- TransEnterix, which is working to expand its foothold in the robotic surgery market, said it has gained FDA 510(k) clearance for a set of advanced energy instruments that can be used with the company's Senhance system.
- The ultrasonic devices are designed to deliver controlled energy to ligate and divide tissue while minimizing thermal damage to surrounding structures, the company said Tuesday.
- The addition of the Senhance Ultrasonic System gives surgeons tools that are critical for use in a range of laparoscopic procedures, broadening the capabilities and potential applications for the company’s robot-assisted surgical platform, TransEnterix CEO Todd Pope said in a press release.
TransEnterix is gaining momentum in the robotic surgery market. It has been just over a year since its Senhance platform became the first robot-assisted abdominal surgery system to win FDA approval since Intuitive Surgical established the market with the da Vinci system in 2000.
In October, FDA cleared a set of smaller-sized instruments for use with the Senhance robot. The 3- and 5-millimeter instruments allow surgeons to operate through smaller incisions, minimizing scarring for patients.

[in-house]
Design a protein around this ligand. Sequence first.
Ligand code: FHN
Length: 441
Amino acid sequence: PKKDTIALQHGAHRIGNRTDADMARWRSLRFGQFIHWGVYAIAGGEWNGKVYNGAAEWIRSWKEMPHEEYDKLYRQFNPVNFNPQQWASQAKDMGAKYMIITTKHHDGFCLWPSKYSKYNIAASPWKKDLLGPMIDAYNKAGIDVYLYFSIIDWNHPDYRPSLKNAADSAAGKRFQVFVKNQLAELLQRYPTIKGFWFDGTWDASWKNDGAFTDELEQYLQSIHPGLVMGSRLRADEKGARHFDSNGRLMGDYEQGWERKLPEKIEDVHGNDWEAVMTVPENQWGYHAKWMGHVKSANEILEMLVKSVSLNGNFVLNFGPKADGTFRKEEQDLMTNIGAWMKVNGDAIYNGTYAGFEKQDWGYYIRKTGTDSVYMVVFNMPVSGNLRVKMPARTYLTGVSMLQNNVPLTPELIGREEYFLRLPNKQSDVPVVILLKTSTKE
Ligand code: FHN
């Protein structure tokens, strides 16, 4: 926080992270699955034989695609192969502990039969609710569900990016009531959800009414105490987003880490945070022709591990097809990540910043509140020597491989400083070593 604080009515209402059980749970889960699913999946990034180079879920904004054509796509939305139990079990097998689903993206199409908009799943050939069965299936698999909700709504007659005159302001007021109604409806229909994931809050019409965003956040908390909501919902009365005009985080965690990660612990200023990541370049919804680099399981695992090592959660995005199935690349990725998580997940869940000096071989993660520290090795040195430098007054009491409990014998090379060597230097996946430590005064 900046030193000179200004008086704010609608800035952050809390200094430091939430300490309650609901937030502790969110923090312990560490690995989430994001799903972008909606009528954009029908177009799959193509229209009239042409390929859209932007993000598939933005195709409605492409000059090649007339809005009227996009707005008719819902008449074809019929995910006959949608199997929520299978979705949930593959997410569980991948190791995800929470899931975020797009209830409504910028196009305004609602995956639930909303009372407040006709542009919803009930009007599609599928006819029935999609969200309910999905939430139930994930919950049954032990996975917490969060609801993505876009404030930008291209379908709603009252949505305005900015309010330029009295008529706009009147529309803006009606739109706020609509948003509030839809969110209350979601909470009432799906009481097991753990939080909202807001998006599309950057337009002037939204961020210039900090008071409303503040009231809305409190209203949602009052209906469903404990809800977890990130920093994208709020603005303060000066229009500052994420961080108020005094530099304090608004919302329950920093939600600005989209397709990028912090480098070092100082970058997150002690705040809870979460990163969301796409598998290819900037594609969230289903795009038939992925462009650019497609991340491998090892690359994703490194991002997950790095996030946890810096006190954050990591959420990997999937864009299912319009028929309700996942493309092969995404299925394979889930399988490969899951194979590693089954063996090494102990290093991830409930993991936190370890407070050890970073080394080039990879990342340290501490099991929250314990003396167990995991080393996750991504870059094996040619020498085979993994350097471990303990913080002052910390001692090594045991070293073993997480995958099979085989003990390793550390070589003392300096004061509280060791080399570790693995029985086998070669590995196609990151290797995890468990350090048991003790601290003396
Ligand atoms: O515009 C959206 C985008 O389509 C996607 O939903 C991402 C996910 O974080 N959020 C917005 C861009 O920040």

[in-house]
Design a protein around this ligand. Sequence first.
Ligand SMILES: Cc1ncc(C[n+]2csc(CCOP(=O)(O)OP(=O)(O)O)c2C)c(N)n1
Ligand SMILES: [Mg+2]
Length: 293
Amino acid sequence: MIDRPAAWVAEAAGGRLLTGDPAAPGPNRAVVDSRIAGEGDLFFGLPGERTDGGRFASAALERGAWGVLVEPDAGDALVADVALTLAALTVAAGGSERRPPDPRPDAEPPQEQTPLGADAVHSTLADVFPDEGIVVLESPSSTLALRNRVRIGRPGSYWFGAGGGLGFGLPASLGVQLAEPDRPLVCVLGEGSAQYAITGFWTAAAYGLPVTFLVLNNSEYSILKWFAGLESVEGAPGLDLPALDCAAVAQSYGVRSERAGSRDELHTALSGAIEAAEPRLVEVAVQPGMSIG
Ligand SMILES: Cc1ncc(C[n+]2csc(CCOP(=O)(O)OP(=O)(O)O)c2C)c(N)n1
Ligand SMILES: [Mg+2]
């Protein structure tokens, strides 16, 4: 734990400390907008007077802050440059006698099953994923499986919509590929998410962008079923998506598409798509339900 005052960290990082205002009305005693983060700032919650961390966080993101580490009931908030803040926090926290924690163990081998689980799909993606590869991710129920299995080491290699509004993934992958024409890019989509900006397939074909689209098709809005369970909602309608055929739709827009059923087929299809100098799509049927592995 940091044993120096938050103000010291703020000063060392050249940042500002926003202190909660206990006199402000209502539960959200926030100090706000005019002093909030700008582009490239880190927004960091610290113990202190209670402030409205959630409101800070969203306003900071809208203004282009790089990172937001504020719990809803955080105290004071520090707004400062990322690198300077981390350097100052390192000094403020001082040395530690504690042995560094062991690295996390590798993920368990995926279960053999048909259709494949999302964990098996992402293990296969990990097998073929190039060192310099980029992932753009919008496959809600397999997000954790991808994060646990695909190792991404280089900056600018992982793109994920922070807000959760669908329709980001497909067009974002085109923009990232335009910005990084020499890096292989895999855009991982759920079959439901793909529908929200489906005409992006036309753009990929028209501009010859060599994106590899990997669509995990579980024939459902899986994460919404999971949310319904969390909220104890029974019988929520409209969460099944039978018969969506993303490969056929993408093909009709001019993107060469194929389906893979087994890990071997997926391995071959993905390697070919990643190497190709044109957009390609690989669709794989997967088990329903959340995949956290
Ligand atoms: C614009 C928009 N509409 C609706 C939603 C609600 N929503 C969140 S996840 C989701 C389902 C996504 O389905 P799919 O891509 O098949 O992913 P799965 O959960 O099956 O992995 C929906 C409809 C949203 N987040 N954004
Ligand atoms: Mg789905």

Earlier this month, TransEnterix said it sold a total of 15 Senhance robotic surgery systems in 2018, which Pope called a "significant year." The Research Triangle Park, North Carolina-based company also said it completed the acquisition of Israel-based MST Technologies, giving it advanced visualization, scene recognition, artificial intelligence and data analytics. And it announced the launch of the ultrasonic instrument set in CE Mark countries.
In the United States, Senhance is cleared for laparoscopic colorectal, gynecological, inguinal hernia and gallbladder removal surgeries. TransEnterix distinguishes itself as the first robotic surgical system to offer reusable instruments, keeping procedure costs in line with traditional laparoscopic surgeries.
In becoming the second robotic system for abdominal surgeries to be cleared by FDA, TransEnterix is ahead of a number of prospective competitors expected to enter the field, from Google-parent Alphabet's life sciences arm Verily, to established medtech players such as Medtronic and Johnson & Johnson and small startups.